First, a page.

Targeting Cannabinoid CB2 Receptors in the CNS
News Oct 19, 2016
Endocannabinoids activate two types of specific G-protein coupled receptors (GPCRs), namely cannabinoid CB1 and CB2. Contrary to the psychotropic actions of agonists of CB1 receptors, and serious side effects of the selective antagonists of this receptor, drugs acting on CB2 receptors appear as promising drugs to combat CNS diseases (Parkinson’s disease, Huntington’s chorea, cerebellarataxia, amyotrohiclateralsclerosis). Differential localization of CB2 receptors in neural cell types and up regulation in neuroinflammation are keys to understand the therapeutic potential in inter alia diseases that imply progressive neurodegeneration. Medicinal chemistry approaches are now engaged to develop imaging tools to map receptors in the living human brain, to develop more efficacious agonists, and to investigate the possibility to develop allosteric modulators.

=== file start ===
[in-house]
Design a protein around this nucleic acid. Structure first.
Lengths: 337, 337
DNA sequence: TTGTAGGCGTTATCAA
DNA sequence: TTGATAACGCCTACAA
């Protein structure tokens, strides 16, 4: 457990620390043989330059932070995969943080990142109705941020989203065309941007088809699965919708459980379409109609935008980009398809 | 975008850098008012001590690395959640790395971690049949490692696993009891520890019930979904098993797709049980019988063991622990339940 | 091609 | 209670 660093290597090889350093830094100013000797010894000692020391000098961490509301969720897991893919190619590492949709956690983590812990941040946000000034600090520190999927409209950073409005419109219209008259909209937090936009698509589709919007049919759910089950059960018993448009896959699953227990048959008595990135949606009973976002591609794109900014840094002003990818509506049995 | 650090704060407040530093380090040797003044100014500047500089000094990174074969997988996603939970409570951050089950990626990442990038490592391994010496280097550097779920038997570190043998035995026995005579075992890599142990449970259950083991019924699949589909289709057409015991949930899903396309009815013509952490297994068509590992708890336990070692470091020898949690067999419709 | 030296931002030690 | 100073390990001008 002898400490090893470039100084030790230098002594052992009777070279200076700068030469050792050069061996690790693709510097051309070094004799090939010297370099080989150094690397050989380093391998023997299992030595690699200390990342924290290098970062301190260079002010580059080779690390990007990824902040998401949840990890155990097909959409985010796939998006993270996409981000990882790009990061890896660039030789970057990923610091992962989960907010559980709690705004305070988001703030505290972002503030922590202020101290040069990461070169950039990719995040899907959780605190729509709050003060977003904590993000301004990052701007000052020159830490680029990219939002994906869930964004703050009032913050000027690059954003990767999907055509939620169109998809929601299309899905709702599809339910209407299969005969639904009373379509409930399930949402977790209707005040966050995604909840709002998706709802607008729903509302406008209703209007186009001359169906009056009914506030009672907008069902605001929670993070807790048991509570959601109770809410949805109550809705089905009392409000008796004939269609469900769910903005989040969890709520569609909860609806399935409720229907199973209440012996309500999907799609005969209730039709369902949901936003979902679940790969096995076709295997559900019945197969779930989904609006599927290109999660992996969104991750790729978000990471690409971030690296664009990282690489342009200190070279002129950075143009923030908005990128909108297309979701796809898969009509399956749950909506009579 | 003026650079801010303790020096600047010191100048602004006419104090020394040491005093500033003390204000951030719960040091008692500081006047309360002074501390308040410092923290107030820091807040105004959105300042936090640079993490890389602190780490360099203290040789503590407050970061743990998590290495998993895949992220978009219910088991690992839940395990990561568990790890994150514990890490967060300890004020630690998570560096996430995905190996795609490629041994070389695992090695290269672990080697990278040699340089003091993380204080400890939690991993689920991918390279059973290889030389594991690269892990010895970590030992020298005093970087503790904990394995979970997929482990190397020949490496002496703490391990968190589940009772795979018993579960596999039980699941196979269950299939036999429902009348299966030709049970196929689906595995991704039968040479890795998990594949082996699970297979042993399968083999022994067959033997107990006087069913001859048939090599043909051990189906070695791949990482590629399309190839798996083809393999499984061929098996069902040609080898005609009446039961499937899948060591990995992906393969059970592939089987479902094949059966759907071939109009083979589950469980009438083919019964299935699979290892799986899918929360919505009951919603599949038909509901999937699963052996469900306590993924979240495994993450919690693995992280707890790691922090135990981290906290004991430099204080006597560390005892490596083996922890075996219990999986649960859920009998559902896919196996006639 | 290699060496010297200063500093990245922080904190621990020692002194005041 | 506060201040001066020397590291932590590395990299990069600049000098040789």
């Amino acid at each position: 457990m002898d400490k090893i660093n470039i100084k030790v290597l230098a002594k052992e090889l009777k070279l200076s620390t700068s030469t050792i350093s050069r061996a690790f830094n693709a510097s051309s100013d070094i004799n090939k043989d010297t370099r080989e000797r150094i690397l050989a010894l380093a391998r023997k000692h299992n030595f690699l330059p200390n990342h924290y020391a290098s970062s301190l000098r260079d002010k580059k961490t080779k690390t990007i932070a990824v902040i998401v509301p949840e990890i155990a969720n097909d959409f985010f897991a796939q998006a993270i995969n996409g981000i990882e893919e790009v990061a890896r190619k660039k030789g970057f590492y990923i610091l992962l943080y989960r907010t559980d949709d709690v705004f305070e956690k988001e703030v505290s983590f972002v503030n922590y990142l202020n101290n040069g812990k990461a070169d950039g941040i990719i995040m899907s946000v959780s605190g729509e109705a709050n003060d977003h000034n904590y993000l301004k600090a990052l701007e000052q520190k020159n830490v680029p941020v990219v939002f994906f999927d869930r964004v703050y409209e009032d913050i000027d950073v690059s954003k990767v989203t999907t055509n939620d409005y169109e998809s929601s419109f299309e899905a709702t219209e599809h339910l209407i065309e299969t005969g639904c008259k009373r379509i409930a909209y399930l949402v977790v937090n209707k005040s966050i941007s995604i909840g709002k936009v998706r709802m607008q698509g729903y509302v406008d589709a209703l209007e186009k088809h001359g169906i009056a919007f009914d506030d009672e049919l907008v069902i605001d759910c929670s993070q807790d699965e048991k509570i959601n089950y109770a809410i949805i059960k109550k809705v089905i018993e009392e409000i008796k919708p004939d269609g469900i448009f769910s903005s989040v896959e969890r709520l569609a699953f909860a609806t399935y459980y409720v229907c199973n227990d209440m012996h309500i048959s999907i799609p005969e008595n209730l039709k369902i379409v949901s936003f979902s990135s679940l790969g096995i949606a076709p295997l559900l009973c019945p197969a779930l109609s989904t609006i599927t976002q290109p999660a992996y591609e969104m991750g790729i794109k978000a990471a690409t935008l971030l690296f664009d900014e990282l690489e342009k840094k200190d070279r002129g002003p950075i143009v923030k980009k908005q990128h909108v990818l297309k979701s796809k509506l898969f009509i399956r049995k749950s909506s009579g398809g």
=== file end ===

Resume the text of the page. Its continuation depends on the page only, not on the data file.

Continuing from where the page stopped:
The full article, Targeting Cannabinoid CB2 Receptors in the Central Nervous System. Medicinal Chemistry Approaches with Focus on Neurodegenerative Disorders, is published in Frontiers in Neuroscience and can be accessed free of charge.
Studying Ebola-Host Cell Interaction Helps Find Targets for Antiviral DrugsNews
In some ways, the Ebola virus operates like a vampire; only after it is politely invited in to a host cell does it take up the task of destroying everything in its path. In a new study researchers seek to elucidate quantitatively the biomechanical mechanism of Ebola-host cell interaction, providing potential new targets for antiviral drug development.READ MORE